Whether Guam Memorial Hospital is built on 10 acres opposite Micronesia Mall or whether the prescription is to extend the facility into the hospital’s present parking lot will depend on a survey by a structural engineer.

William I. McMillan chief executive officer and administrator of the hospital told the Journal he is seeking a second opinion from a professional to determine whether treatment is possible for the aging medical plant given its site in an earthquake zone or whether the building is beyond saving.

As exclusively reported in “Hospital straddles dangerous ground ” in the “Sept. 8 2003 edition of the Journal the hospital sits on a dangerous fault line.

The request for proposal for the engineer’s survey is due to be issued after July 19. The survey will be funded by a U.S. Department of the Interior grant of about $60 000.

“We are investing in an architectural engineering study ” McMillan said. “There are a couple of things we need to find out.” Referring to the mapped fault line in the geological survey in the Journal’s story he said “According to that map the fault line runs somewhere round here. We really need a qualified person to dig into that data and gauge the danger that it poses to the hospital. As I understand it the further you are from the cliff line the safer it becomes. Do we do massive renovations of this facility or do we do construction somewhere else? There may be a seismic hazard but the building is stable enough to withstand shaking.”

The original plans for the hospital allowed for a fifth floor. “If there is no seismic danger we could build up but we also need to construct substantial renovations — such as relocate the pharmacy closer to patient care.”

Urgent correction to the building could not wait for the decision to extend or completely rebuild McMillan said. “We are replacing all the seismic joints. Those are being replaced even as we speak. We can’t stop maintenance just because we hope to move in two years time.”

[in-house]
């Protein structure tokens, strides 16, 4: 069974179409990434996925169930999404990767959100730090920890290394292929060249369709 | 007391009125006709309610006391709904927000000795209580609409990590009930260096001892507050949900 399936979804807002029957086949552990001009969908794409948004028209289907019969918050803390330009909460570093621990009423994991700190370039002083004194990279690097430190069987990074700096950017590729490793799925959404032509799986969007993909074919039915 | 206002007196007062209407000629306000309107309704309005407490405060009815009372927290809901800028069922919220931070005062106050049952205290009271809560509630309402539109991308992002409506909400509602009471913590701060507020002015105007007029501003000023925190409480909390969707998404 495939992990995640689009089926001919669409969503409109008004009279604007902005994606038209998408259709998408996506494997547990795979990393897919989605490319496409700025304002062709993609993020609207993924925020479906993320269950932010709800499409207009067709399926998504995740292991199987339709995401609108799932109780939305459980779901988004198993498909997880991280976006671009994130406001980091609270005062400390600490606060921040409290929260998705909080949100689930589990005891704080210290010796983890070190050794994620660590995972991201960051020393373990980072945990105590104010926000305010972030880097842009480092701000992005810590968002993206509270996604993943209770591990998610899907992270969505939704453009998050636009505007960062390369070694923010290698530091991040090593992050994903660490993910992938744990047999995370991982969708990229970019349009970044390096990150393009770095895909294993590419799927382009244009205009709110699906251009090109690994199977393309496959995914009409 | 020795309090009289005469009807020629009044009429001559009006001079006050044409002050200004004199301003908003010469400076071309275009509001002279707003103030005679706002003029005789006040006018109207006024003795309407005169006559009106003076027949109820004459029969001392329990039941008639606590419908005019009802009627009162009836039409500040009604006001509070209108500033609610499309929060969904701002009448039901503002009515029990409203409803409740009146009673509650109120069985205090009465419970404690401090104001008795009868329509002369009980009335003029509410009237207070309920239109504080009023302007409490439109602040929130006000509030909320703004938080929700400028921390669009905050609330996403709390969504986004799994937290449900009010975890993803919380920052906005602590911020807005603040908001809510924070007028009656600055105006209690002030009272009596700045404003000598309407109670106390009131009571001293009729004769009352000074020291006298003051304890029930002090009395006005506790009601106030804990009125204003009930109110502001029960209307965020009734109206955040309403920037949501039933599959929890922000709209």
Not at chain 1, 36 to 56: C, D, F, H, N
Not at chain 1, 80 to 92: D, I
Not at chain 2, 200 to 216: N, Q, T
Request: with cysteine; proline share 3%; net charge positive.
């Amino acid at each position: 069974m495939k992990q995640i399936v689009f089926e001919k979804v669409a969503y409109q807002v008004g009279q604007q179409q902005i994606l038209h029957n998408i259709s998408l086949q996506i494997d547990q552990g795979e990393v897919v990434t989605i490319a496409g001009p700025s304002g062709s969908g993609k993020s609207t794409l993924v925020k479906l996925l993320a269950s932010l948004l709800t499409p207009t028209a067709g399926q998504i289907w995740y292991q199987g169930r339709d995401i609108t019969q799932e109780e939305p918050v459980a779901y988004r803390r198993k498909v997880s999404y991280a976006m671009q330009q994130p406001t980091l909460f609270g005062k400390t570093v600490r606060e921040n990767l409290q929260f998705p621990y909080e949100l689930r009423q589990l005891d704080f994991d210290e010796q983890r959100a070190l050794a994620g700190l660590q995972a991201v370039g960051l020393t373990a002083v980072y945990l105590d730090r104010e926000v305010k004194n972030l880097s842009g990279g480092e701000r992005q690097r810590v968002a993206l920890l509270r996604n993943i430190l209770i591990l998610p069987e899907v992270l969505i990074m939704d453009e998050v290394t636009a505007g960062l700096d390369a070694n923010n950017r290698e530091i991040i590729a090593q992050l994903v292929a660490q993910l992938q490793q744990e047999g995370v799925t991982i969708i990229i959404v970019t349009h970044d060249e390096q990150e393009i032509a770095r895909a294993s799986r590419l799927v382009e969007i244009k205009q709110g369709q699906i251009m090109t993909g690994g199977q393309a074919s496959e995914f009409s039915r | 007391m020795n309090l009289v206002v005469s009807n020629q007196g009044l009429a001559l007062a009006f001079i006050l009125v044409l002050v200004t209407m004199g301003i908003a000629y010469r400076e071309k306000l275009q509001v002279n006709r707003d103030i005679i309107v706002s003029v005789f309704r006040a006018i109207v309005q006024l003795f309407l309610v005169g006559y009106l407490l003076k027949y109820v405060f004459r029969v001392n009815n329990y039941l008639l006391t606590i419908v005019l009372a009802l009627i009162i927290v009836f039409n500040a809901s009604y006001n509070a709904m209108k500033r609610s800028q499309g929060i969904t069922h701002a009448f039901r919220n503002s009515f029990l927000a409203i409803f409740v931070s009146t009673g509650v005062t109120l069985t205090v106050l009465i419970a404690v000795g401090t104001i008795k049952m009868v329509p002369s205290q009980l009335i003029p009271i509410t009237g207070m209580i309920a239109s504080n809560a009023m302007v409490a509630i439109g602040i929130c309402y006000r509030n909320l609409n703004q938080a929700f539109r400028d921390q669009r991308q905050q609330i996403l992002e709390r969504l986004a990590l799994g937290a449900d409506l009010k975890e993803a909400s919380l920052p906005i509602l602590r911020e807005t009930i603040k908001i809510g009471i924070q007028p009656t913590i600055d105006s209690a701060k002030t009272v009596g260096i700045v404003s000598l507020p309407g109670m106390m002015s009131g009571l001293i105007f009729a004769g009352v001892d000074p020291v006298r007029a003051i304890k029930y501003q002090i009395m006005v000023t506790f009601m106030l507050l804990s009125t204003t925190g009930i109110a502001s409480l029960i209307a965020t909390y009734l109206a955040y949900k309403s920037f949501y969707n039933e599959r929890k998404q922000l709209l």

McMillan said damage to the hospital was a recurring problem when Guam was struck by typhoons. “We are starting to mitigate with FEMA money. Over the next 12 months all the sliding glass doors in patient rooms will be replaced with typhoon-proof windows.” At a cost of about $1 million exterior walls in those rooms would also be replaced.

Chamorro Land Trust land between Marine Corps Drive and Two Lovers Point is the potential site for the new hospital. “It’s a big tract of land. We don’t need all of it. It’s central and available.” He said the site was identified as convenient for the north and central parts of the island and offered routes from the South which had more access problems. “Once you get on Marine Corps Drive or Route 8 access is easy. The majority of the population lives in Tamuning and Dededo.”

McMillan said seven to 10 acres would be appropriate. “I would like to see a medical campus — a hospital with a parking facility and a medical office building.”

Sen. Lourdes A. “Lou” Leon Guerrero chairman of the Committee on Rules and Health of the 27th Guam Legislature said “I’d love to see it happen. The hospital does need to expand but I’d like to see more services provided to our people. We have a cardiac catheter lab that this administration has closed; we need to expand our diagnostic imaging capabilities. We are losing revenue from the catheter lab that’s been closed.

“These are not new ideas this administration has come up with. The Gutierrez administration was very aggressive in that regard.”

Re-siting the hospital Leon Guerrero said “Should be investigated and researched. To say we need a better health-care facility does not just mean a new building. The medical summit in March was basically a presentation on the financial status of the hospital. What about total health-care accessibility and prevention?”

Leon Guerrero said the specialties the island lacked should be given attention. “I will never be convinced we can’t bring those specialties in.” She said there was no reason why the hospital could not develop special relationships for instance with hospitals in the Philippines to send patients there and experts to Guam and questioned whether McMillan had researched all options. “My role is to make appropriations and policies.” She said while she did not wish to closely oversee the administrator “I’d like to see some aggressive planning to beef up our services so our people don’t have to go off-island.”

The difference between extending the present building and giving the region a new hospital is about $30 million. Renovation might not necessarily be cheaper McMillan said although it was preferable. “Building a new hospital and transferring everything three to four miles away is hellaciously complicated.”

The timetable aims to have construction completed by the “latter part of 2006 or early 2007. It takes about 2-and-1/2 years to do de novo construction. Any way you cut it you are looking at the latter part of 2006 or the early part of 2007.”

Either way McMillan said the facility should incorporate:

• additional beds to bring GMH up to the national ratio;

• additional beds for post-intensive care patients;